Top 5 Wednesday | Between a book and a hard place..

Every Wednesday, people from all over the bookish world gather ’round to share their top 5 lists concerning whatever theme that week. All under the watchful eye of the Mother of all Top5’s, Lainey.
Books with hard topics, that’s the theme of this week’s top 5 wednesday. We already had a topic quite like this a while ago. Where that post was all about books with mental health, these five books go beyond mental health and take all difficult topics into account. Much like the mental health-week, this week’s theme isn’t all that easy for me so I had to give quite some thought to the books I wanted to put into this. Even though a lot of Fantasy books have hard topics in them – I mean, have you read your average standard Epic? – I tried to mix it up this week and look for other books, that don’t get featured here all that much. So let’s get going, shall we?

5. Anne Provoost, Vallen
This is a book I read in high school for Dutch class. We had to read it with the whole class and had to do a creative written report on it. I decided on the adding of a chapter containing a dream within a dream-sequence. Where do you think Inception got the idea?
Anyhow, this book deals with issues from the past, shattered dreams and right-wing extremism and can be considered YA before YA became all the rage. It is pretty good, as far as I remember and it’s translated into English as Falling. So if you feel like it, you can definitely give it a read. I wish I could tell you a bit more about this book, but it’s been about thirteen years since I had to read it, so forgive me for not remembering.

4. Jennifer McMahon, Don’t Breathe A Word
This is a book that my boyfriend bought years ago – don’t know where he got the inspiration for a buy – and while he has yet to read it, I picked it up a few years ago. This is a novel about dysfunctional families and strange disappearings, intertwined with Faerie-lore. I can’t go any deeper in what makes this book ‘hard’, cause that would mean majorly spoiling the whole plot for you guys, but let me tell you that this book is more than just a fairytale come to life.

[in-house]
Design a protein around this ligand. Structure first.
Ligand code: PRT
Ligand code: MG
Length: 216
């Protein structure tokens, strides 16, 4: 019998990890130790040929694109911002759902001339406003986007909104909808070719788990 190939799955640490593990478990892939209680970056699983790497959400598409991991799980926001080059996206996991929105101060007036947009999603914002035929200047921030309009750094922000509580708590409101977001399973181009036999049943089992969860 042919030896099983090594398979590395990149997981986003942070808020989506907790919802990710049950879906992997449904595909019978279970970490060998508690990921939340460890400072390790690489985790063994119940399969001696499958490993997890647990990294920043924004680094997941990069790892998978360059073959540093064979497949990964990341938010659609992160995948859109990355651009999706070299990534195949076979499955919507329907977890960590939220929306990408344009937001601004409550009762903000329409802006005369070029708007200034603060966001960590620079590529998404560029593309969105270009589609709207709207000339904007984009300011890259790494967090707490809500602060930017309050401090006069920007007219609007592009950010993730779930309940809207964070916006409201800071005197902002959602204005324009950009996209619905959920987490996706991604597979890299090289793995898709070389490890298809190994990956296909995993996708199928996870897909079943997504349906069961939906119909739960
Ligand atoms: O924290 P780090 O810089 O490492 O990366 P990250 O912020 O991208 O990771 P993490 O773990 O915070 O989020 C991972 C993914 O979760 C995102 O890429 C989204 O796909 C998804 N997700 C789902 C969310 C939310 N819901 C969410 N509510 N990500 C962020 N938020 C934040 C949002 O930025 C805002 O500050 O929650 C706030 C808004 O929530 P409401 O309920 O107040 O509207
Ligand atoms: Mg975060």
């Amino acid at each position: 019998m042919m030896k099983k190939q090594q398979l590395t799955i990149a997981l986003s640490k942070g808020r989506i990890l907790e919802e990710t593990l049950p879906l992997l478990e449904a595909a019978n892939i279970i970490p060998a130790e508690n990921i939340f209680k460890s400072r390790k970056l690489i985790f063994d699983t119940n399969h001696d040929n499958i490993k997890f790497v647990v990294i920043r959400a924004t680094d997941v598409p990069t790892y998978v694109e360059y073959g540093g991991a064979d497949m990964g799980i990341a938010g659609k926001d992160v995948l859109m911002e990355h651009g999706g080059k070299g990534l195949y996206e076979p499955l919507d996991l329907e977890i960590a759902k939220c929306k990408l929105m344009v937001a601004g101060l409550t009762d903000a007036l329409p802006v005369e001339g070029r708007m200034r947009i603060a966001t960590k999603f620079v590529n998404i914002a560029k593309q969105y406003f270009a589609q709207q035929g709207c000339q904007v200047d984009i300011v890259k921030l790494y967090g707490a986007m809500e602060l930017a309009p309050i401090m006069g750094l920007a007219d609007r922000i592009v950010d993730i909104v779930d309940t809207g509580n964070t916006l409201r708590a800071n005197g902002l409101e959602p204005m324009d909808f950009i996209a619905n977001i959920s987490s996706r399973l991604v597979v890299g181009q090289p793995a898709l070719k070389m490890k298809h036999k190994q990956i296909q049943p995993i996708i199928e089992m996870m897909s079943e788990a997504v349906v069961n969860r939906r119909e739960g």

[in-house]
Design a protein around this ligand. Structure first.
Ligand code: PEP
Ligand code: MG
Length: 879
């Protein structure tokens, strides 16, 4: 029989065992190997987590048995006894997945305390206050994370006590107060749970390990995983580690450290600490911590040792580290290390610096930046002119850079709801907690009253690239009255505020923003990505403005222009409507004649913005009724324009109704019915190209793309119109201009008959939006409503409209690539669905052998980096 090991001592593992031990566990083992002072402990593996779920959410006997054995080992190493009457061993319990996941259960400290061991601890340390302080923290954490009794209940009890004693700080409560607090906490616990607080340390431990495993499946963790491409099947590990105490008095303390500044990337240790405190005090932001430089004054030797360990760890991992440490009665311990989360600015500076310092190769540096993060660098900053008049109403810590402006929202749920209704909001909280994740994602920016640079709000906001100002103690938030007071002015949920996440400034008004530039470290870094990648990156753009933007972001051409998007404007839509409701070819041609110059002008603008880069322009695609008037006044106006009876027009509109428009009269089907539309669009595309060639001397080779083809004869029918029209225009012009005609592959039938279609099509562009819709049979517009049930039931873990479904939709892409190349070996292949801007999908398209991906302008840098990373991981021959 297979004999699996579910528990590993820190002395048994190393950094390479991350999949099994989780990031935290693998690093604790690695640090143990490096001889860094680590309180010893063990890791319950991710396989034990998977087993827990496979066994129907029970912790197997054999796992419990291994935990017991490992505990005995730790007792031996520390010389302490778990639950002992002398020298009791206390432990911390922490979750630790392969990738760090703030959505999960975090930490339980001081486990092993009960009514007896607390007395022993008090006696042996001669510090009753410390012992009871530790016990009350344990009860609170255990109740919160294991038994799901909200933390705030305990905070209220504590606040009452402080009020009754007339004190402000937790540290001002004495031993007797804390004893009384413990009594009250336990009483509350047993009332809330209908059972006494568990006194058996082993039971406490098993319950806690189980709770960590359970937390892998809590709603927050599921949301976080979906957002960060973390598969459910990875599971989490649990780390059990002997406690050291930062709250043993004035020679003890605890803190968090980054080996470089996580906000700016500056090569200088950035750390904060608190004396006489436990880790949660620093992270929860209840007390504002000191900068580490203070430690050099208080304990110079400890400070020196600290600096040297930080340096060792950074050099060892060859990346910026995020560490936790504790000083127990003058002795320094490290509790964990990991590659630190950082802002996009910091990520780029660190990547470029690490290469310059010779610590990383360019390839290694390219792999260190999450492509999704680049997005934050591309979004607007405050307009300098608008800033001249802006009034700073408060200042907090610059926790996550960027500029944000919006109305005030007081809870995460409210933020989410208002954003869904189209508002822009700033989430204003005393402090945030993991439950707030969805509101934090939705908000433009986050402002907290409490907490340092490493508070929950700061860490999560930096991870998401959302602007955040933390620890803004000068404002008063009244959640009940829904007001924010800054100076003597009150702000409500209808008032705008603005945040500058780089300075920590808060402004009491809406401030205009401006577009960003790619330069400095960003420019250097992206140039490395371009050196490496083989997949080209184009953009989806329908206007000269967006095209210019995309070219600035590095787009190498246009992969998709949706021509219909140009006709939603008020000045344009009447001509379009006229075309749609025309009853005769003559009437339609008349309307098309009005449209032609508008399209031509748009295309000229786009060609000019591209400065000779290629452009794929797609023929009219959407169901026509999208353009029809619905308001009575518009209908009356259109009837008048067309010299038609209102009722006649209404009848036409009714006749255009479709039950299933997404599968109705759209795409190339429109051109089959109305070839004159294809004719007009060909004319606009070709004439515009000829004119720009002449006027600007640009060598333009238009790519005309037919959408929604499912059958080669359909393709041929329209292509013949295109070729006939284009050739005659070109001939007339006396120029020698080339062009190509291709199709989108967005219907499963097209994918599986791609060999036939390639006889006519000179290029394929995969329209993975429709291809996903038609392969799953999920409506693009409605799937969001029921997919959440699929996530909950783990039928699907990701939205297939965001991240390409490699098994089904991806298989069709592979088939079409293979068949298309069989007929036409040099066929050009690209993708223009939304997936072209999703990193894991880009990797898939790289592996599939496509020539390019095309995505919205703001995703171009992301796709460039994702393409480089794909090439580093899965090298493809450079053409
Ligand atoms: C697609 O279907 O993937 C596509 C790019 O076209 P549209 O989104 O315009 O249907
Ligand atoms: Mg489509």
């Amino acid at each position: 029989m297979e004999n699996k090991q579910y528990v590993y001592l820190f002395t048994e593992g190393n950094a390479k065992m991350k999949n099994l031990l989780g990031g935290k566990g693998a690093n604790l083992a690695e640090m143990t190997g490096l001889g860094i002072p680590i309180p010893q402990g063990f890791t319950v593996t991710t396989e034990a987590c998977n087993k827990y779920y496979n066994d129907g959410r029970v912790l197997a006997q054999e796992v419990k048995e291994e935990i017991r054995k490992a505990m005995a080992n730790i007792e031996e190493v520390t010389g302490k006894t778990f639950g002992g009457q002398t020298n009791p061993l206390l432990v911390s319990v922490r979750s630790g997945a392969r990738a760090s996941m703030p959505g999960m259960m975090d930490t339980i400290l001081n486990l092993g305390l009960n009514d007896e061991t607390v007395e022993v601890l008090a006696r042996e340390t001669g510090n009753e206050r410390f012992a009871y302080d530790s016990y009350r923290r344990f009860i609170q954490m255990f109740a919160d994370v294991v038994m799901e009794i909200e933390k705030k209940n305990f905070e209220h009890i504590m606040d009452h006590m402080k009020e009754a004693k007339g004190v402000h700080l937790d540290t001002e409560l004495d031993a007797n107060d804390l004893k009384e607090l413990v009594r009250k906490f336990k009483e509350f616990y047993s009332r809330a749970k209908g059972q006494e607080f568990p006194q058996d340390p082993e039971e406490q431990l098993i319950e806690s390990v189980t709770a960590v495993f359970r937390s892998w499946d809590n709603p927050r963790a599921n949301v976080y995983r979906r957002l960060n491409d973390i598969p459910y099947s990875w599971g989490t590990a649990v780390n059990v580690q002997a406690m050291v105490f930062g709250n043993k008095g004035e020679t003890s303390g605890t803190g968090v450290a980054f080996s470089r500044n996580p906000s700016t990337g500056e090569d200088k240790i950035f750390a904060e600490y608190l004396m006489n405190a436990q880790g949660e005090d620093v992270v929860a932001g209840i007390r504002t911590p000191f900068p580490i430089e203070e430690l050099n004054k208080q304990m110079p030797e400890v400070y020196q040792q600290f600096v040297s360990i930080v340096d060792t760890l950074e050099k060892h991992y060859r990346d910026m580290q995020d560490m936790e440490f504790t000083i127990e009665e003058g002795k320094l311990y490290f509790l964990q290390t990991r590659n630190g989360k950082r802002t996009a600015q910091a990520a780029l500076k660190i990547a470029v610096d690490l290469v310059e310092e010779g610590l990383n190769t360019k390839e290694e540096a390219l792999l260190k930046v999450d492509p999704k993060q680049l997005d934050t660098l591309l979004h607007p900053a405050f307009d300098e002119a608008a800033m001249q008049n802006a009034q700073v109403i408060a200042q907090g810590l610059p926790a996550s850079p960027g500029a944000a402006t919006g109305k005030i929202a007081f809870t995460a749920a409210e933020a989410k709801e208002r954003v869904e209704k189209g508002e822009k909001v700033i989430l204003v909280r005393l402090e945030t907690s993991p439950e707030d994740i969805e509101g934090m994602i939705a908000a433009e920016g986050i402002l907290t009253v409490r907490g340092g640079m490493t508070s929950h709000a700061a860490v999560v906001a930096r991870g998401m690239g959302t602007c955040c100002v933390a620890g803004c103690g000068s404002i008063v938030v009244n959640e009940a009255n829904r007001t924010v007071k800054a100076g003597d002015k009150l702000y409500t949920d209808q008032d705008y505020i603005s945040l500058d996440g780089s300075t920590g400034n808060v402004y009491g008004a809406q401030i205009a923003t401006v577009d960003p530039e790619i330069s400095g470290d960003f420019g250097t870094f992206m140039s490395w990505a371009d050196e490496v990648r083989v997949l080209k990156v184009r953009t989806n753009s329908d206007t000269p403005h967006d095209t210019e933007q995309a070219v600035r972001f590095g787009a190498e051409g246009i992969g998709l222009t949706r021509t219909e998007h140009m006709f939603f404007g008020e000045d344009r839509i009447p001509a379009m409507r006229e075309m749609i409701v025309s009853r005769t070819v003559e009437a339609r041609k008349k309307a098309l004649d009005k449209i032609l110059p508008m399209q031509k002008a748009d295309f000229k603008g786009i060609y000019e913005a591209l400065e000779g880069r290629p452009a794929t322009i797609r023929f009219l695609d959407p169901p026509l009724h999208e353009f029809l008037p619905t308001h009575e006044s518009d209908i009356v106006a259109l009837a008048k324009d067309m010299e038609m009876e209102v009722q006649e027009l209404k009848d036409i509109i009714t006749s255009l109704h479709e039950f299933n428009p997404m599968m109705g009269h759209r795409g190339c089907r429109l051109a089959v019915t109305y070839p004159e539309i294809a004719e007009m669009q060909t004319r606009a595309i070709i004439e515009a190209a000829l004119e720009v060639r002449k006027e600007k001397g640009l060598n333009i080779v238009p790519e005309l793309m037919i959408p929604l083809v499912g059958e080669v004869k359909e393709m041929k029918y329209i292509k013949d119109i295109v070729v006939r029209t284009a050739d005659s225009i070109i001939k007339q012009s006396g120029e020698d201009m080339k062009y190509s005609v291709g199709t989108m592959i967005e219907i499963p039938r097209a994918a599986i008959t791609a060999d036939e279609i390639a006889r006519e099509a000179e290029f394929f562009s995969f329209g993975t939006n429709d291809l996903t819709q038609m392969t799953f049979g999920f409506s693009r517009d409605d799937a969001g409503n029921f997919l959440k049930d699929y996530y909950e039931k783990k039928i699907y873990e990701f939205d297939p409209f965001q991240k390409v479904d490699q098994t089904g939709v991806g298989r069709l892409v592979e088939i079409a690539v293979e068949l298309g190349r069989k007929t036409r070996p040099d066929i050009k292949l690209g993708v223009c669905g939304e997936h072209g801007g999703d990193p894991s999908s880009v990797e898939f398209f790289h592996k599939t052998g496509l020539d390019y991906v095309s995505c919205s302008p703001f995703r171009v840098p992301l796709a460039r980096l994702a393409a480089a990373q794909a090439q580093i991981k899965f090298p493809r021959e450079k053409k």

The element that made this book even more captivating is that it is told in dual times, one the present day and dealing with the psychological aftermath of everything that happend over a decade ago, and the other one the actual disappearing of the child. I wasn’t too keen on the ending insofar that I would have liked it better if the very last chapter just didn’t exist, but overall a good book that I have never seen around in the book community.

3. Alice Sebold, The Lovely Bones
Perhaps this is a bit cheating, cause I have yet to read the book, but I have seen the film – shame on me, but it was during a movienight with friends, so all is forgiven. I don’t think I have to introduce the topic here cause this is a well known novel about a girl being lured and captured by a pedophile.
The reason I have yet to read the book is mostly due to the film, which I did not like very much. I liked the idea behind it, but for most of the film I – and actually we – felt like we were high watching it. It was very up there, so to speak, and it did put me off of reading the book in a timely fashion.

2. Matthew Quick, The Silver Linings Playbook
I featured this book in my mental health-post as well, but it surely fits here too. Between the two posts I have actually read the book, where prior to writing this I had only seen the movie. Because Jennifer. This might also be one of the few occations where I liked the movie better, but since it’s been a few years I will do a rewatch somewhere in the near future, I hope, and decide there and then whichever I prefer.
As far as books about mental health go, I quite liked it. I do have to say, though, that I wasn’t convinced by the representation of therapy here, but for the sake of the book – which was clearly not about giving a perfect image but rather about the ‘living with’ and ‘dealing with’ as a family, as a group of friends, so I’ll give that a pass. Really nice read and a good adult contemporary.

1. Emma Donoghue, Room
Ah, Room. This book is the prime example why we fit together like peas in a pod. See, my boyfriend was really all about this book and how amazing it would be and we had to read it. This was about five years ago and I’ve since read it, he hasn’t. I do this all the time with my books – raving and not reading – so yes..
Anyhow, as far as books about hard topics go, I think this tops most of the ones that I’ve read up till now. While I did enjoy the first part way more than the second half, both deal with different yet connected difficult topics. I definitely recommend this is you haven’t read it yet.

So there you have it, these are the five books with hard topics that I enjoyed most, or that touched me the most. Have you read any of these? Which books feature in your top? Comment away!

Click here for a complete list of all the participants in T5W.

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